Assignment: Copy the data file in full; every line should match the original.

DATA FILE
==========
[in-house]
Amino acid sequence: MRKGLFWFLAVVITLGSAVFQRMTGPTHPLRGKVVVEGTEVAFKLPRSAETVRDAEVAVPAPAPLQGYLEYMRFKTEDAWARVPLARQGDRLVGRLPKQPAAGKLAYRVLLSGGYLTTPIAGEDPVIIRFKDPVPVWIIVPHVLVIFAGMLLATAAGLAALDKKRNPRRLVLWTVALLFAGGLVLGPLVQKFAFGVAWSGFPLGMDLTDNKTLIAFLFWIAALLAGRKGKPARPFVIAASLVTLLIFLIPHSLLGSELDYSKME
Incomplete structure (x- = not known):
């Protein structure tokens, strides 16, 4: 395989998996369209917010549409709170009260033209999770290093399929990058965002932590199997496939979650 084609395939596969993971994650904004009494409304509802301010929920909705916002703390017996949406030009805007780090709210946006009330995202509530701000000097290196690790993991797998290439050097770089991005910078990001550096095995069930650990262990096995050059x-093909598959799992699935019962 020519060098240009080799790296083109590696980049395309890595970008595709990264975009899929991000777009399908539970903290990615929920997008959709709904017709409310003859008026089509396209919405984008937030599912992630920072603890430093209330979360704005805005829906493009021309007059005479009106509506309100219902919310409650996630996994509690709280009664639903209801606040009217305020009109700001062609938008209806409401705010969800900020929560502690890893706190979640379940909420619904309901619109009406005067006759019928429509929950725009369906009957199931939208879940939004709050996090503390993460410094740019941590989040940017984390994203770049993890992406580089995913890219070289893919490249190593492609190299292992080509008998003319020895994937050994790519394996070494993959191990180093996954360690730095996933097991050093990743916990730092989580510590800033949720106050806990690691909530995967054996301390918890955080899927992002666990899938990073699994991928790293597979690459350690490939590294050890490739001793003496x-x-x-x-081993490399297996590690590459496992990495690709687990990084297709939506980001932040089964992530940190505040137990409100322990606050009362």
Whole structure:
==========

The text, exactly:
[in-house]
Amino acid sequence: MRKGLFWFLAVVITLGSAVFQRMTGPTHPLRGKVVVEGTEVAFKLPRSAETVRDAEVAVPAPAPLQGYLEYMRFKTEDAWARVPLARQGDRLVGRLPKQPAAGKLAYRVLLSGGYLTTPIAGEDPVIIRFKDPVPVWIIVPHVLVIFAGMLLATAAGLAALDKKRNPRRLVLWTVALLFAGGLVLGPLVQKFAFGVAWSGFPLGMDLTDNKTLIAFLFWIAALLAGRKGKPARPFVIAASLVTLLIFLIPHSLLGSELDYSKME
Incomplete structure (x- = not known):
């Protein structure tokens, strides 16, 4: 395989998996369209917010549409709170009260033209999770290093399929990058965002932590199997496939979650 084609395939596969993971994650904004009494409304509802301010929920909705916002703390017996949406030009805007780090709210946006009330995202509530701000000097290196690790993991797998290439050097770089991005910078990001550096095995069930650990262990096995050059x-093909598959799992699935019962 020519060098240009080799790296083109590696980049395309890595970008595709990264975009899929991000777009399908539970903290990615929920997008959709709904017709409310003859008026089509396209919405984008937030599912992630920072603890430093209330979360704005805005829906493009021309007059005479009106509506309100219902919310409650996630996994509690709280009664639903209801606040009217305020009109700001062609938008209806409401705010969800900020929560502690890893706190979640379940909420619904309901619109009406005067006759019928429509929950725009369906009957199931939208879940939004709050996090503390993460410094740019941590989040940017984390994203770049993890992406580089995913890219070289893919490249190593492609190299292992080509008998003319020895994937050994790519394996070494993959191990180093996954360690730095996933097991050093990743916990730092989580510590800033949720106050806990690691909530995967054996301390918890955080899927992002666990899938990073699994991928790293597979690459350690490939590294050890490739001793003496x-x-x-x-081993490399297996590690590459496992990495690709687990990084297709939506980001932040089964992530940190505040137990409100322990606050009362």
Whole structure: